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2012 Toyota Prius c

The Baby Prius


2012 Toyota Prius C

The Toyota Prius c was engineered to appeal to young people.

Photo: Aaron Gold

Toyota has decided to turn the Prius into a family into a family of cars. Last year, they added the momma Prius, the Prius v (which I suppose could be the daddy Prius; I've no idea how to determine its gender). Now we have the baby Prius, the Prius c. Priced $4,000 cheaper than the standard Prius and sized a foot and a half shorter, this is the Prius for would-be hybrid buyers on a budget, or those who want the Prius' amazing fuel economy in a smaller package.

First Glance: Smaller isn't necessarily better
Making a baby Prius isn't as easy as it sounds. The Prius' aerodynamic shape is a major contributor to its excellent fuel economy, particularly on the highway. But grafting the teardrop rear end onto the shorter Prius c would have meant taking a bite out of rear-seat headroom, as is the case with the Honda Insight, so Toyota engineers went with a more upright back end. That's great for back-seat passengers, but it's not so great for aerodynamics: The Prius c's coefficient of drag is 0.28, significantly higher than the standard Prius' 0.25 (and, as it happens, identical to the Hyundai Elantra).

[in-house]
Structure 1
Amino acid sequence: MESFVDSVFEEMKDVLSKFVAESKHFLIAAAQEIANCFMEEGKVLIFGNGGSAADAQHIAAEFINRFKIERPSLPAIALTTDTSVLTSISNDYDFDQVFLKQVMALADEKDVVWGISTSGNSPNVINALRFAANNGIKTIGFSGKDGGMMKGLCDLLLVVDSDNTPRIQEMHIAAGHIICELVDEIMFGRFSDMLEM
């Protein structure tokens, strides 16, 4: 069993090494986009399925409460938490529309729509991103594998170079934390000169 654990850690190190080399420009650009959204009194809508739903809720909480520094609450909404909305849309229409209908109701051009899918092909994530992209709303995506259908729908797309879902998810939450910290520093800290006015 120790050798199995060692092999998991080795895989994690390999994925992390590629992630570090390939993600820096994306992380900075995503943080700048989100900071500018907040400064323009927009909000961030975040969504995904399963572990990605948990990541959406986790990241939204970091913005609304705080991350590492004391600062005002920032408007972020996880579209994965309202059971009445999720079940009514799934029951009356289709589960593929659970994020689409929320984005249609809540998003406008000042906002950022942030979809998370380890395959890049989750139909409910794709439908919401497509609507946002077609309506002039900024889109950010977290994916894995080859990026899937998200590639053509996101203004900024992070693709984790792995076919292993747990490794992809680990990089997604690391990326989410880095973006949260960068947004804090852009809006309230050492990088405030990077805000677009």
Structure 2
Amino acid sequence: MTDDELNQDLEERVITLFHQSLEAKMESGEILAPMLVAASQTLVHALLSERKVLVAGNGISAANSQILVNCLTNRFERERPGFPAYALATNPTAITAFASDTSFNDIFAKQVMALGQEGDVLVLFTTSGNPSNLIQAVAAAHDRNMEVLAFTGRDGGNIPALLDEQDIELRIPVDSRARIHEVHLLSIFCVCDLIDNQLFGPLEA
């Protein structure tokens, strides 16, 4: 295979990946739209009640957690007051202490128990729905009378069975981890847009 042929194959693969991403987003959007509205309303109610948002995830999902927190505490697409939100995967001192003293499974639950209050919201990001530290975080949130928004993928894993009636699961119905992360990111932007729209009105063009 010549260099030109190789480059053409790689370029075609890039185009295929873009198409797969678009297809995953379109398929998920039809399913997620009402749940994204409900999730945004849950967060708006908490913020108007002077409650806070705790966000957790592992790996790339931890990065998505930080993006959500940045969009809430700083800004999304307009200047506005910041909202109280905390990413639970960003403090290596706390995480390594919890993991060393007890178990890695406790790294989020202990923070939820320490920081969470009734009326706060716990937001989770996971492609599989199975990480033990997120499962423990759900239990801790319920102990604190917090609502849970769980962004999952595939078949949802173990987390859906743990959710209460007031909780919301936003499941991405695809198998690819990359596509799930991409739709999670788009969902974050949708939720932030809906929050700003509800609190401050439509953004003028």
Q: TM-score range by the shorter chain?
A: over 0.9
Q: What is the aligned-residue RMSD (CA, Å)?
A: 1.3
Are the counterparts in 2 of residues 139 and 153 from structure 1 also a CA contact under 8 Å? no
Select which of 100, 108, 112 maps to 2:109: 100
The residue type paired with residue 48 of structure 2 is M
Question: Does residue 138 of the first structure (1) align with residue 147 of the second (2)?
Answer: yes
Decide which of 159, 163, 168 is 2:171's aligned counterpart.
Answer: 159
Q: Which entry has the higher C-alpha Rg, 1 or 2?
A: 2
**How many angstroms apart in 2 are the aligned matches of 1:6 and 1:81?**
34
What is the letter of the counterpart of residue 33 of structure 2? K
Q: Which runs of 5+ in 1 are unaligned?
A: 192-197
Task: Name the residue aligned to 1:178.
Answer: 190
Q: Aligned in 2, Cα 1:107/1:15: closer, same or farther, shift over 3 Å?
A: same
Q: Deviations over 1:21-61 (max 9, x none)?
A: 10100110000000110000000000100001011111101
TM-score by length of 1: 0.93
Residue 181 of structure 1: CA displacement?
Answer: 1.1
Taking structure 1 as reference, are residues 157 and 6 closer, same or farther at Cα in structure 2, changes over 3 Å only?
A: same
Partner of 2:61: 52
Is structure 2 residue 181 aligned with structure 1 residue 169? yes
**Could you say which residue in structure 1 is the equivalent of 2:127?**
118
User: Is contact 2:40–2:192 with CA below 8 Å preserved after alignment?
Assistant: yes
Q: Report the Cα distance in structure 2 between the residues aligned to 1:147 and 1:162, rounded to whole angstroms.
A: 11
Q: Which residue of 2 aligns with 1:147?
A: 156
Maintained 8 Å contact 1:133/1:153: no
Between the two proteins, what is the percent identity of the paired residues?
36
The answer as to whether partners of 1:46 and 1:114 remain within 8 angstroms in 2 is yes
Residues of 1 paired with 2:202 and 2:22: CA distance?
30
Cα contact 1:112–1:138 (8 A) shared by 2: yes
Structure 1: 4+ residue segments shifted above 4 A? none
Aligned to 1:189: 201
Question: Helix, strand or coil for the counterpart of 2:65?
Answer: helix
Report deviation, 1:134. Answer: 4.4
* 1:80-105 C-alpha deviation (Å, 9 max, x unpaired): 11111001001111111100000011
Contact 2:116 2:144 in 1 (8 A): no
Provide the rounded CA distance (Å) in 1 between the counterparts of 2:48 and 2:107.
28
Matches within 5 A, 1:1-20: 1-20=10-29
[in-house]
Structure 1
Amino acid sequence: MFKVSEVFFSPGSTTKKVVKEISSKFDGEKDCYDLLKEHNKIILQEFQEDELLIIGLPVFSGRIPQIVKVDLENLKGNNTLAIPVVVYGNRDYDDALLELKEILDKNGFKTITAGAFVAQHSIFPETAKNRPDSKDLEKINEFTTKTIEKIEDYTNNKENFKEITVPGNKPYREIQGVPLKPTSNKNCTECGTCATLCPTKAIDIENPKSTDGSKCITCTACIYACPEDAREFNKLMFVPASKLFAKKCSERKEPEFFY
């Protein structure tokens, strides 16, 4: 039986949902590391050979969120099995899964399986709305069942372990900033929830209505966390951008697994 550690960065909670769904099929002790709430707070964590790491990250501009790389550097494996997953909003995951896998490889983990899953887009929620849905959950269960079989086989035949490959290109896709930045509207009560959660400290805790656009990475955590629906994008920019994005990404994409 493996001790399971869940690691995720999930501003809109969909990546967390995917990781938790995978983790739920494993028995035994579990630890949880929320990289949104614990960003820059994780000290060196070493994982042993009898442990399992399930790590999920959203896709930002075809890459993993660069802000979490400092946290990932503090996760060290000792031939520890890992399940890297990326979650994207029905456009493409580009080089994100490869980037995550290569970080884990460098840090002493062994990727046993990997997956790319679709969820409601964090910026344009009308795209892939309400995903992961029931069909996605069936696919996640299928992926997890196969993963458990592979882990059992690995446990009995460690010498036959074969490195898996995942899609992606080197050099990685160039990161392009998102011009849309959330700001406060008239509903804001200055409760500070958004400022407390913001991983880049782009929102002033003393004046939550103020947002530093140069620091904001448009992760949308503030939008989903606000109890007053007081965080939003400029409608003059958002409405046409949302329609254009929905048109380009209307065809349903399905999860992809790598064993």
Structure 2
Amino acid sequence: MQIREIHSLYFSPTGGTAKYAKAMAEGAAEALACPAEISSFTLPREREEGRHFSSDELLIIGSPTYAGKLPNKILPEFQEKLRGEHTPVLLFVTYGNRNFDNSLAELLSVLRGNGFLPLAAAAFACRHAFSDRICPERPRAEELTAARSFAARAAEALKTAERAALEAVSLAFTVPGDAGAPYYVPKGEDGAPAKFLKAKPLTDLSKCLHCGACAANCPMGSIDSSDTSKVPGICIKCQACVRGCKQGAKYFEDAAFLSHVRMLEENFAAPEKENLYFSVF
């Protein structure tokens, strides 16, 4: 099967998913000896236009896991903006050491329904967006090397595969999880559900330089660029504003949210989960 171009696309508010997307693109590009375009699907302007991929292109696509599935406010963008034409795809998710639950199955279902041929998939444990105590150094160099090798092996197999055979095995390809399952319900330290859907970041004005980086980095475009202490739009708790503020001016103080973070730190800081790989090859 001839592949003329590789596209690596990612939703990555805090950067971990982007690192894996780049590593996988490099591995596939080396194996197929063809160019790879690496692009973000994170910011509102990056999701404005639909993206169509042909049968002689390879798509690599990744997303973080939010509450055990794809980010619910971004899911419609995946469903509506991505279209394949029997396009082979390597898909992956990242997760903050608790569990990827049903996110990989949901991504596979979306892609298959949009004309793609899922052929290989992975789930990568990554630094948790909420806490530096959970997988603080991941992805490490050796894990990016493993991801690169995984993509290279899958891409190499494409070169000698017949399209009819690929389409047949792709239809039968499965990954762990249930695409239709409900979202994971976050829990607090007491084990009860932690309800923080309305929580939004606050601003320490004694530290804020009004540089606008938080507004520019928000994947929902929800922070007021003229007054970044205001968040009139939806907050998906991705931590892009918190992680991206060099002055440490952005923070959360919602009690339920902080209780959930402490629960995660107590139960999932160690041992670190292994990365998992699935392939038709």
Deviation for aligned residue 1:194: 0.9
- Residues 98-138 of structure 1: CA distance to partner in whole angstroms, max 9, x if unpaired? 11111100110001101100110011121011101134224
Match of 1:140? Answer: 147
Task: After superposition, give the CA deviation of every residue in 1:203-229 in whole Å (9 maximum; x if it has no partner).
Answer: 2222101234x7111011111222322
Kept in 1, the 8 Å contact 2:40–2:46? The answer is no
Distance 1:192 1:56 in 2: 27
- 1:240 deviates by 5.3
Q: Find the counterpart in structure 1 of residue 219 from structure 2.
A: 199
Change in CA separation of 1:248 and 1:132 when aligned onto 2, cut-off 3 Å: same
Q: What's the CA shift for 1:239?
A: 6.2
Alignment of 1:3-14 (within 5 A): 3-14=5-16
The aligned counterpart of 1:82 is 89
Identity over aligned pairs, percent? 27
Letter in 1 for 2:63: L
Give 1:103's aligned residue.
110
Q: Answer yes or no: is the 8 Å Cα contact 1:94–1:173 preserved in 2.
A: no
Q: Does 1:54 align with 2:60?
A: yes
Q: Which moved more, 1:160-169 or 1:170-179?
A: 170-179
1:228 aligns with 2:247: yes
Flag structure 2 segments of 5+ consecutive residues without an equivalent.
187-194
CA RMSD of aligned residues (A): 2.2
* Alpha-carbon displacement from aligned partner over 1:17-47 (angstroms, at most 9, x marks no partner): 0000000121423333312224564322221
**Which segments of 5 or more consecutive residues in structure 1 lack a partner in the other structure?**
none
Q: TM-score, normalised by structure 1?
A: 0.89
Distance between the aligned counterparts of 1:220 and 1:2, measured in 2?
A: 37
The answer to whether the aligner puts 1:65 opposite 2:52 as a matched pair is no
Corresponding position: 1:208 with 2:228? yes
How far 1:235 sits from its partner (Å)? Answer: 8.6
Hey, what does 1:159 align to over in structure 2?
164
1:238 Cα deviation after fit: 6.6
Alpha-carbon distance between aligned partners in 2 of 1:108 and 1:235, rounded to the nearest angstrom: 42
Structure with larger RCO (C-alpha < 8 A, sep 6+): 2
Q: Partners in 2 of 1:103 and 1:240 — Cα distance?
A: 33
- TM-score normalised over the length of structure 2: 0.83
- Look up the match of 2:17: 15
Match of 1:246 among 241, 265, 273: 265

That meant the only way to get better fuel. economy would be to cut down weight, so Toyota chopped and pared mercilessly. They fitted a smaller engine and reworked the hybrid transmission, control unit and battery pack to make them smaller and lighter. Even the upholstery gets in on the act -- top-of-the-line models get a leather substitute called SofTex, which is half the weight of vinyl. All told, Toyota's boffins were able to trim the Prius c down to 2,496 lbs, which is lighter than a conventionally-powered Honda Fit. Impressive!

The end result: EPA fuel economy estimates of 53 MPG city, 46 MPG highway and 50 MPG combined. Compare that to the standard Prius' 51/48/50, and you'll see where c's aerodynamics put it at a disadvantage -- but those numbers are still good enough to make it the most fuel-efficient internal-combustion car sold in the US.

In the Driver's Seat: Something for the young folks

This being a youth-market sort of car, Toyota decided it needed a youth-market interior. I can't say I'm a huge fan; I think the dashboard looks a bit disharmonious, and the way the doors line up with the dash -- perhaps I should say, the way they don't line up with the dash -- makes it look like they came from two different cars. When I reviewed Honda's CR-Z hybrid, I said the dash looked like it was designed by a twelve-year-old; the Prius c's dash looks like it was designed by a 50 year old trying to imitate what a 12-year-old would design.

Though I'm not a fan of the form, I do like the function. Like other Prius models, the c has a center-mounted dash pod with a digital speedometer, a collection of idiot lights, and a multi-function display screen. Rather than the cheesy two-color unit found on the Prius, the c gets a full-color screen with several modes, including a power-flow display and fuel-economy history. One screen allows you to program in the fuel economy of your old car, and then shows you how much money you've saved on gas by driving a Prius c. But my favorite was the real-time scoring system, which rates your acceleration, cruising and braking performance, coaching you to better fuel economy.